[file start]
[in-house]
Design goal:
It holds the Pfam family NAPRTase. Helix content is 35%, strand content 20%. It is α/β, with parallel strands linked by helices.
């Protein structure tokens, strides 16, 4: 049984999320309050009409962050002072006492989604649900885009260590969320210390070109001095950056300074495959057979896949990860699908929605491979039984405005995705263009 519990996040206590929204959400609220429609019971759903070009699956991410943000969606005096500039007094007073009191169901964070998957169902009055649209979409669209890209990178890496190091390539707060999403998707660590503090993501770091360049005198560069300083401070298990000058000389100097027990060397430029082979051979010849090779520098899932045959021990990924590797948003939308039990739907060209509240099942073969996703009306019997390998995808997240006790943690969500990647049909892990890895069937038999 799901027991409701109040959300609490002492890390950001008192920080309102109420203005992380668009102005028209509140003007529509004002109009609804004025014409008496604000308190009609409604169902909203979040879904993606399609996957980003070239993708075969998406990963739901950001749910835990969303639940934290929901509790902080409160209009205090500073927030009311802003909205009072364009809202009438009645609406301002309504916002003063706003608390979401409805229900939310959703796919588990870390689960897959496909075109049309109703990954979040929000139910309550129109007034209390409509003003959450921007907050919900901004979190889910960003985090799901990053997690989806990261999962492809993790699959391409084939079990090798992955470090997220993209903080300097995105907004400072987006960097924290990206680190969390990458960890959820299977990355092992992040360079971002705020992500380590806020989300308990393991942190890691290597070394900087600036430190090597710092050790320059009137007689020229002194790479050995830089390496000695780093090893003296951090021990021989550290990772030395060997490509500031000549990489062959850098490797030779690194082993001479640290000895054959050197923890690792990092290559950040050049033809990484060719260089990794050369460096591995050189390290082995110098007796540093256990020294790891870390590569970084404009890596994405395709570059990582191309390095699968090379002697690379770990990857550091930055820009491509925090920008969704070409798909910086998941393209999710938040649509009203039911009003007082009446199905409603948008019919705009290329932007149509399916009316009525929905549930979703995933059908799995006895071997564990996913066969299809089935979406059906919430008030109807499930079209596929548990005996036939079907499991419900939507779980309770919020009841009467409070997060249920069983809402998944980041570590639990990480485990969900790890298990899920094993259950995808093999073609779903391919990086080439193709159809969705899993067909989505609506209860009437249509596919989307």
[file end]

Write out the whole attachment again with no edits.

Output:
[in-house]
Design goal:
It holds the Pfam family NAPRTase. Helix content is 35%, strand content 20%. It is α/β, with parallel strands linked by helices.
């Protein structure tokens, strides 16, 4: 049984999320309050009409962050002072006492989604649900885009260590969320210390070109001095950056300074495959057979896949990860699908929605491979039984405005995705263009 519990996040206590929204959400609220429609019971759903070009699956991410943000969606005096500039007094007073009191169901964070998957169902009055649209979409669209890209990178890496190091390539707060999403998707660590503090993501770091360049005198560069300083401070298990000058000389100097027990060397430029082979051979010849090779520098899932045959021990990924590797948003939308039990739907060209509240099942073969996703009306019997390998995808997240006790943690969500990647049909892990890895069937038999 799901027991409701109040959300609490002492890390950001008192920080309102109420203005992380668009102005028209509140003007529509004002109009609804004025014409008496604000308190009609409604169902909203979040879904993606399609996957980003070239993708075969998406990963739901950001749910835990969303639940934290929901509790902080409160209009205090500073927030009311802003909205009072364009809202009438009645609406301002309504916002003063706003608390979401409805229900939310959703796919588990870390689960897959496909075109049309109703990954979040929000139910309550129109007034209390409509003003959450921007907050919900901004979190889910960003985090799901990053997690989806990261999962492809993790699959391409084939079990090798992955470090997220993209903080300097995105907004400072987006960097924290990206680190969390990458960890959820299977990355092992992040360079971002705020992500380590806020989300308990393991942190890691290597070394900087600036430190090597710092050790320059009137007689020229002194790479050995830089390496000695780093090893003296951090021990021989550290990772030395060997490509500031000549990489062959850098490797030779690194082993001479640290000895054959050197923890690792990092290559950040050049033809990484060719260089990794050369460096591995050189390290082995110098007796540093256990020294790891870390590569970084404009890596994405395709570059990582191309390095699968090379002697690379770990990857550091930055820009491509925090920008969704070409798909910086998941393209999710938040649509009203039911009003007082009446199905409603948008019919705009290329932007149509399916009316009525929905549930979703995933059908799995006895071997564990996913066969299809089935979406059906919430008030109807499930079209596929548990005996036939079907499991419900939507779980309770919020009841009467409070997060249920069983809402998944980041570590639990990480485990969900790890298990899920094993259950995808093999073609779903391919990086080439193709159809969705899993067909989505609506209860009437249509596919989307």